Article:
About Leslie Vogel
As a student and later as a teaching assistant at Whitworth College (now University), Leslie participated in two extended study/service experiences in Central America that changed her life. “Sometimes I think they should put a label on trips like these that says: ‘Warning: participation in this experience could change the direction of your life permanently.’ Nevertheless, I do not regret those changes.”
In Central America, she encountered “incredibly faithful and courageous people who were facing life-threatening and life-altering situations.” Their committed discipleship amid great suffering changed the way she read and interpreted the Bible and led her to seek long-term service opportunities in the region.
Following graduation from San Francisco Theological Seminary in 1985, Leslie worked for almost eight years in El Salvador, a portion of which as a Presbyterian Church (U.S.A.) mission coworker. She also served two years under Presbyterian mission appointment as a co-coordinator of the Central American Education Program at Stony Point Center, New York.
Leslie shares that throughout her life and ministry, she has been guided by “a sense of call that has always been expressed best by the Hebrew prophet, Micah (6:8): ‘What does [God] require of you but to do justice, to love tenderly, and to walk humbly with your God?’ This call has challenged and nurtured my soul by leading me to serve as a bridge between peoples and cultures, especially with Latin American women on a grassroots level.”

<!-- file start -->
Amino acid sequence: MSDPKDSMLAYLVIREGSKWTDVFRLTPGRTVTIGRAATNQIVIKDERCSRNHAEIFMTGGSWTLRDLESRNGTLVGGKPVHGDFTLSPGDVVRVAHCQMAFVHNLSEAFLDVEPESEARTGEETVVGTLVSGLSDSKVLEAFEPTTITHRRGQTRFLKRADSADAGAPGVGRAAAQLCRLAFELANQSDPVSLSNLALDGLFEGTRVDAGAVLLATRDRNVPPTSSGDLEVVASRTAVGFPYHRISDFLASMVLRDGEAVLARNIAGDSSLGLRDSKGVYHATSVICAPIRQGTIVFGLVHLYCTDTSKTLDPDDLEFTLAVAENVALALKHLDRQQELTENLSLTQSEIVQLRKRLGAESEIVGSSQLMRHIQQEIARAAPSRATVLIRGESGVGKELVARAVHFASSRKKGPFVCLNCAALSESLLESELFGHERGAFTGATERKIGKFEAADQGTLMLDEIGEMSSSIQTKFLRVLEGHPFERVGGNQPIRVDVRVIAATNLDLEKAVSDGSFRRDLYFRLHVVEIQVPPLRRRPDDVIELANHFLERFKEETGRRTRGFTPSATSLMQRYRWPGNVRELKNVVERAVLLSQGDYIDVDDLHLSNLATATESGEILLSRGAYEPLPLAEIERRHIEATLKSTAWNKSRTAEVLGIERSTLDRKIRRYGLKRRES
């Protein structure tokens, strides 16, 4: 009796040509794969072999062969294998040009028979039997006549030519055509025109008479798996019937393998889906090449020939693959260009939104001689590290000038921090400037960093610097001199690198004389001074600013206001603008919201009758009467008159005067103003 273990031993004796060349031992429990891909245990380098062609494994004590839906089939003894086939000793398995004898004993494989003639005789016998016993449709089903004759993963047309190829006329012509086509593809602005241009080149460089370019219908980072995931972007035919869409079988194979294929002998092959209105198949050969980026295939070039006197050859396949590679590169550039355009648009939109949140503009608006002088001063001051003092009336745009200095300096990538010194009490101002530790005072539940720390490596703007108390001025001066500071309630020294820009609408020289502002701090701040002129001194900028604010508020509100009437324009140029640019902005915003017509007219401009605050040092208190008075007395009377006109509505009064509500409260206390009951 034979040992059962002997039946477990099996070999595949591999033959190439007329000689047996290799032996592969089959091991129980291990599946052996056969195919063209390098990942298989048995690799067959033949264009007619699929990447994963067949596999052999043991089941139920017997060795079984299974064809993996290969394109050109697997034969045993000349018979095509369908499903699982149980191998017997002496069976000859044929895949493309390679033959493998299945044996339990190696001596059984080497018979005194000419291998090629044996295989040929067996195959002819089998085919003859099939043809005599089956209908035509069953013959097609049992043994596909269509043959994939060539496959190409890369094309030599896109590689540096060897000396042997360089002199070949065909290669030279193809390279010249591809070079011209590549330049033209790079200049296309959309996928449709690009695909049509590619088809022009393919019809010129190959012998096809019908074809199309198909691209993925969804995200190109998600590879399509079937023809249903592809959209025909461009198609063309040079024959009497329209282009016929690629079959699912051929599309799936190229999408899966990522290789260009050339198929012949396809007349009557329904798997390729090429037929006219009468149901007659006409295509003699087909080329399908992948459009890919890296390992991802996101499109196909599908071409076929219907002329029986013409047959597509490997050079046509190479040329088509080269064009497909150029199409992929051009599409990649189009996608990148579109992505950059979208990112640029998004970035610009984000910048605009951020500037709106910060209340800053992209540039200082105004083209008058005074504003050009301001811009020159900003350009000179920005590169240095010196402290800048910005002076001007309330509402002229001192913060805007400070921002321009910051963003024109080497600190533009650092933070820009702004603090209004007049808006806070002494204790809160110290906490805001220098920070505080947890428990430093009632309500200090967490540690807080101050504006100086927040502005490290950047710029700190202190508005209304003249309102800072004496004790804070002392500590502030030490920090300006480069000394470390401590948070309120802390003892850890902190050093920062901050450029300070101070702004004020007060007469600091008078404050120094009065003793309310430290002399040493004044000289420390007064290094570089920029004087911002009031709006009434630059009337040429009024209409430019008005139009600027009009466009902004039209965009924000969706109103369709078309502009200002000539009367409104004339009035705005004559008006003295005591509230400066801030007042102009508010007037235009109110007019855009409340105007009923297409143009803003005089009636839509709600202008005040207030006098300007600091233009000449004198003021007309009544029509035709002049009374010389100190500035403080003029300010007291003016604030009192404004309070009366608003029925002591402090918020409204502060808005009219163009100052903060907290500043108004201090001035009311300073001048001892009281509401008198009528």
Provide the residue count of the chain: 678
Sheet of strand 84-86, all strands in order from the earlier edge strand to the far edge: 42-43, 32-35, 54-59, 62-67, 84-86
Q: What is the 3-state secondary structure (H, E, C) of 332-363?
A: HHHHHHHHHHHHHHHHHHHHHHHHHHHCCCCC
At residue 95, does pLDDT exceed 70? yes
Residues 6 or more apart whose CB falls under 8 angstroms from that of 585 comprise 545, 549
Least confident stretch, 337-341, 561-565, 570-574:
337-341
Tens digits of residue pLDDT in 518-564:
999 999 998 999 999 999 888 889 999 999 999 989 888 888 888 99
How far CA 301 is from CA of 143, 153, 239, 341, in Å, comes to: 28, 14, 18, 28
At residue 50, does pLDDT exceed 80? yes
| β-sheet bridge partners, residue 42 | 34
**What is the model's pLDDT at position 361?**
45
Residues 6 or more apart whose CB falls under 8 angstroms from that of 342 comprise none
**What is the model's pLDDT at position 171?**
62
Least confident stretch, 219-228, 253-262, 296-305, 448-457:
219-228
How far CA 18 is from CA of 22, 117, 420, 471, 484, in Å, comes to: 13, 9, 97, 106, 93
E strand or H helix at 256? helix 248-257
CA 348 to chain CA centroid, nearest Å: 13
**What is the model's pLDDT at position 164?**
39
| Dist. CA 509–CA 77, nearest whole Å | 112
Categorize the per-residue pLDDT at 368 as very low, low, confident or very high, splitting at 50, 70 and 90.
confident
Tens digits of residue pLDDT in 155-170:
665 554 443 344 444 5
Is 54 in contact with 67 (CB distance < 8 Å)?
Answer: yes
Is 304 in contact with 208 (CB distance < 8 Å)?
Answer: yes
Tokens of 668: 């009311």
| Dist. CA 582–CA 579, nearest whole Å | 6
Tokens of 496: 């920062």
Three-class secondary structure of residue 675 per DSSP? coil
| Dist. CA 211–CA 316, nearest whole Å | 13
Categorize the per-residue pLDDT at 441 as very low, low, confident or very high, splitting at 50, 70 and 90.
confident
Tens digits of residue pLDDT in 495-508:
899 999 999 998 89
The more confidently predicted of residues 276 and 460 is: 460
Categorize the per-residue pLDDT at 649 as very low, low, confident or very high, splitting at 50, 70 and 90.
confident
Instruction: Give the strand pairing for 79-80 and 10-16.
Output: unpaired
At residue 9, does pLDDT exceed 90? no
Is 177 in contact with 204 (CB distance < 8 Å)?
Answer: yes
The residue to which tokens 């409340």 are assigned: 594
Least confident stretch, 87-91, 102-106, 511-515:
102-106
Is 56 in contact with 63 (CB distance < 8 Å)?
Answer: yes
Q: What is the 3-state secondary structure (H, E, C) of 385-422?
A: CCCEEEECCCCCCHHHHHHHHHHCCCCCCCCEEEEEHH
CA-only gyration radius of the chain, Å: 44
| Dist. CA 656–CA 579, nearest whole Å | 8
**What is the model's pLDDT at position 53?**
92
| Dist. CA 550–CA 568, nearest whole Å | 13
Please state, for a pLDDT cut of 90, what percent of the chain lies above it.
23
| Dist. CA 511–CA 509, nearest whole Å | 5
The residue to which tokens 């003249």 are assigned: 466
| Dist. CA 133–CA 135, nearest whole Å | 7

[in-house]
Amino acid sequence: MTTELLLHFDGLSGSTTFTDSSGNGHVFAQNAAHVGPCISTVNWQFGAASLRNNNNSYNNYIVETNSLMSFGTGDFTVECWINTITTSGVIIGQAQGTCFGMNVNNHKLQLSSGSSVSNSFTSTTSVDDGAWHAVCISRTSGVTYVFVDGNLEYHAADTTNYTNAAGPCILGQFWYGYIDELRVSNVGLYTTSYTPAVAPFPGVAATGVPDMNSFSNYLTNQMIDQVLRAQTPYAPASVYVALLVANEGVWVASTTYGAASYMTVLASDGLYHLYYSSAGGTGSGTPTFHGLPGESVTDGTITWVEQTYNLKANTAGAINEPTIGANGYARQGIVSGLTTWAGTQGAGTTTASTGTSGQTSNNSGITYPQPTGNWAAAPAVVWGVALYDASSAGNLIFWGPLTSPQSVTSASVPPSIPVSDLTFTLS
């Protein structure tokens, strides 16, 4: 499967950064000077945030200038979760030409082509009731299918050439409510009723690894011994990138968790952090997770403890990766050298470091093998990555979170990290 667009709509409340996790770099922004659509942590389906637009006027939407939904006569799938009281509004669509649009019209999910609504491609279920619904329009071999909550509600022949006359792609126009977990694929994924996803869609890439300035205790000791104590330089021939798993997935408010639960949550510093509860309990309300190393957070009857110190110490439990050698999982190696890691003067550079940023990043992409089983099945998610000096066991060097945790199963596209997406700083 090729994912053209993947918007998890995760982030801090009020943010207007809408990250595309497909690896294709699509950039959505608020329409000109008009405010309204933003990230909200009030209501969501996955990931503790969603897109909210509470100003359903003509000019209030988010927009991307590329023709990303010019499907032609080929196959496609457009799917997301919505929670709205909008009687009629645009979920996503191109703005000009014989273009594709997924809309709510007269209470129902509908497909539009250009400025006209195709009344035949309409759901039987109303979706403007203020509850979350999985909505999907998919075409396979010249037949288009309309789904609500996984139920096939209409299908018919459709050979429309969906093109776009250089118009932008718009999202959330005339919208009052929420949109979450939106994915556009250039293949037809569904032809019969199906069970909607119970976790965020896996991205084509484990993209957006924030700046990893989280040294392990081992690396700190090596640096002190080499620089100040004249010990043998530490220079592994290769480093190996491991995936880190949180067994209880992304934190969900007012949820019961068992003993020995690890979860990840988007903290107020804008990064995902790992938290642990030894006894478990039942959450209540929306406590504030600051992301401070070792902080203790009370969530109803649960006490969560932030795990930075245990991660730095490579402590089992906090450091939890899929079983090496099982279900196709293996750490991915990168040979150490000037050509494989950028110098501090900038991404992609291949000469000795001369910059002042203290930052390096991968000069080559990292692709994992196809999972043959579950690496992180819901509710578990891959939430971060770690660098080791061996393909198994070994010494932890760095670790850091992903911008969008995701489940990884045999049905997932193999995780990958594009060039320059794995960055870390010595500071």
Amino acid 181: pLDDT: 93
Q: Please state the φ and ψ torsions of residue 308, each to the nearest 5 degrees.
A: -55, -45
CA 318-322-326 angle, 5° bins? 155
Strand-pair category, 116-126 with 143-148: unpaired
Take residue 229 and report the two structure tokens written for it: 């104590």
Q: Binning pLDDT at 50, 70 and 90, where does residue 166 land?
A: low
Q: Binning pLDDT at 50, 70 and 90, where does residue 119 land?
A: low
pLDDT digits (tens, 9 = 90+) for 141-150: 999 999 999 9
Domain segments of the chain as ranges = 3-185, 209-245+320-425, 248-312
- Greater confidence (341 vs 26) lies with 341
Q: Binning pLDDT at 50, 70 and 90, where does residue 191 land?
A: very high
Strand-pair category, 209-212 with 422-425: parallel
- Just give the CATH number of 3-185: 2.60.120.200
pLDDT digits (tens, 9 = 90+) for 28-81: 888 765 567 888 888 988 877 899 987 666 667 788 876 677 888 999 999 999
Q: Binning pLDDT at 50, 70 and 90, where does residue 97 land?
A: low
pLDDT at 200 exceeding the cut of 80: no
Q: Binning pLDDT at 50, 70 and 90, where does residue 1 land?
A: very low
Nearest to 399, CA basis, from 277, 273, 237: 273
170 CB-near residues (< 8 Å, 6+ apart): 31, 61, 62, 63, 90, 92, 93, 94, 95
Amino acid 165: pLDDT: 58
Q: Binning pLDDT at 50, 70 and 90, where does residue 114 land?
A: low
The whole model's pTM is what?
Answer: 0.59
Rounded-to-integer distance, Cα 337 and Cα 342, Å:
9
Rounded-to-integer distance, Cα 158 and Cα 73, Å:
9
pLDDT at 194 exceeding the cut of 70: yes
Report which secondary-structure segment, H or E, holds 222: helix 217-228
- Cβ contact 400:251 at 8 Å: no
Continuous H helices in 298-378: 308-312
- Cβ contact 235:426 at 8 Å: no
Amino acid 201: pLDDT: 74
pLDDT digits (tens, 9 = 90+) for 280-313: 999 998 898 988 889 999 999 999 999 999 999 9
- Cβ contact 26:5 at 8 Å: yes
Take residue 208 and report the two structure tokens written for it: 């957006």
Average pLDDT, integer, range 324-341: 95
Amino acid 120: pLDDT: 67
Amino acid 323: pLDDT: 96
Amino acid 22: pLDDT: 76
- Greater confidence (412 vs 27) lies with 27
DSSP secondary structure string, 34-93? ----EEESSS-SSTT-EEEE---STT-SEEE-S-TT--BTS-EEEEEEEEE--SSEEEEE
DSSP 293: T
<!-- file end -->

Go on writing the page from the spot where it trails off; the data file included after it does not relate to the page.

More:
After working for a number of years in local ministries and with immigrant populations in Arizona, Leslie returned to Central America in 2013, where she served as a facilitator for the Intercultural Encounters program of CEDEPCA in Guatemala. That work focused on challenges related to poverty and violence and to transformative education for church leadership, work that aligns with the three critical global issues identifed by Presbyterian World Mission as priorities: addressing the root causes of poverty, especially as they impact women and children; sharing the good news of God’s love in Jesus Christ; and engaging in reconciliation amidst cultures of violence in the U.S. as well as in Latin America.
Leslie expects that these critical global issues will continue to guide and inform her new role as regional liaison:
“I deeply value the work of our PC(USA) partners, and of US Presbyterians, in seeking to address the root causes of poverty with an understanding that women and children are the large majority of ‘the poor,’ and in examining the cultures of violence on many levels of society (political, criminal, and domestic) in Guatemala, Mexico and the United States. I value the many ways US Presbyterians are working with our global partners to address these concerns, grounded in our common faith in Jesus Christ.”
Leslie continues to live in Guatemala. Her adult children, Luz Rebeca and Amando, live in the San Francisco Bay Area. Leslie is a teaching elder of the Presbytery of the Grand Canyon and is affiliated with Palo Cristi Presbyterian Church in Paradise Valley, Arizona.
Leslie – April 30